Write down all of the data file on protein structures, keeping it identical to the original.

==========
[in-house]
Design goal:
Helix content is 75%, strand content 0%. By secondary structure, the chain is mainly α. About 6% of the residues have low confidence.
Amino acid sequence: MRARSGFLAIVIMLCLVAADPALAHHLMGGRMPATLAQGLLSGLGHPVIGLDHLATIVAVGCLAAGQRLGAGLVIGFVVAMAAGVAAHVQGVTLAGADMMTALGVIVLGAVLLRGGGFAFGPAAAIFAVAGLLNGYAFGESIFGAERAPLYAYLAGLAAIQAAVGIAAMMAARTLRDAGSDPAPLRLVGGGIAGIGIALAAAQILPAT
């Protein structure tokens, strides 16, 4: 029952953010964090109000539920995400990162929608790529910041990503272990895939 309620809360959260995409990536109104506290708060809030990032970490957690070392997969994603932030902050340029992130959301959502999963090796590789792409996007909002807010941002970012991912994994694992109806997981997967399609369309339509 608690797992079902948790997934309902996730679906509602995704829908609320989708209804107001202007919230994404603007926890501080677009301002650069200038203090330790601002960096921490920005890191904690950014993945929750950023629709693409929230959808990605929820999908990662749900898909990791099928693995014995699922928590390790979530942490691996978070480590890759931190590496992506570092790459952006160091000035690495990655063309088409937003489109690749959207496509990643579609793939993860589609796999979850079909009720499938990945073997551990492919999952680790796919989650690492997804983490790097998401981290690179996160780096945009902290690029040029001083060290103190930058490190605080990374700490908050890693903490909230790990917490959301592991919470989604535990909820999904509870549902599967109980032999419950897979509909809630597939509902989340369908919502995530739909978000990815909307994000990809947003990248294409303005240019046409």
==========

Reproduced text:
[in-house]
Design goal:
Helix content is 75%, strand content 0%. By secondary structure, the chain is mainly α. About 6% of the residues have low confidence.
Amino acid sequence: MRARSGFLAIVIMLCLVAADPALAHHLMGGRMPATLAQGLLSGLGHPVIGLDHLATIVAVGCLAAGQRLGAGLVIGFVVAMAAGVAAHVQGVTLAGADMMTALGVIVLGAVLLRGGGFAFGPAAAIFAVAGLLNGYAFGESIFGAERAPLYAYLAGLAAIQAAVGIAAMMAARTLRDAGSDPAPLRLVGGGIAGIGIALAAAQILPAT
């Protein structure tokens, strides 16, 4: 029952953010964090109000539920995400990162929608790529910041990503272990895939 309620809360959260995409990536109104506290708060809030990032970490957690070392997969994603932030902050340029992130959301959502999963090796590789792409996007909002807010941002970012991912994994694992109806997981997967399609369309339509 608690797992079902948790997934309902996730679906509602995704829908609320989708209804107001202007919230994404603007926890501080677009301002650069200038203090330790601002960096921490920005890191904690950014993945929750950023629709693409929230959808990605929820999908990662749900898909990791099928693995014995699922928590390790979530942490691996978070480590890759931190590496992506570092790459952006160091000035690495990655063309088409937003489109690749959207496509990643579609793939993860589609796999979850079909009720499938990945073997551990492919999952680790796919989650690492997804983490790097998401981290690179996160780096945009902290690029040029001083060290103190930058490190605080990374700490908050890693903490909230790990917490959301592991919470989604535990909820999904509870549902599967109980032999419950897979509909809630597939509902989340369908919502995530739909978000990815909307994000990809947003990248294409303005240019046409």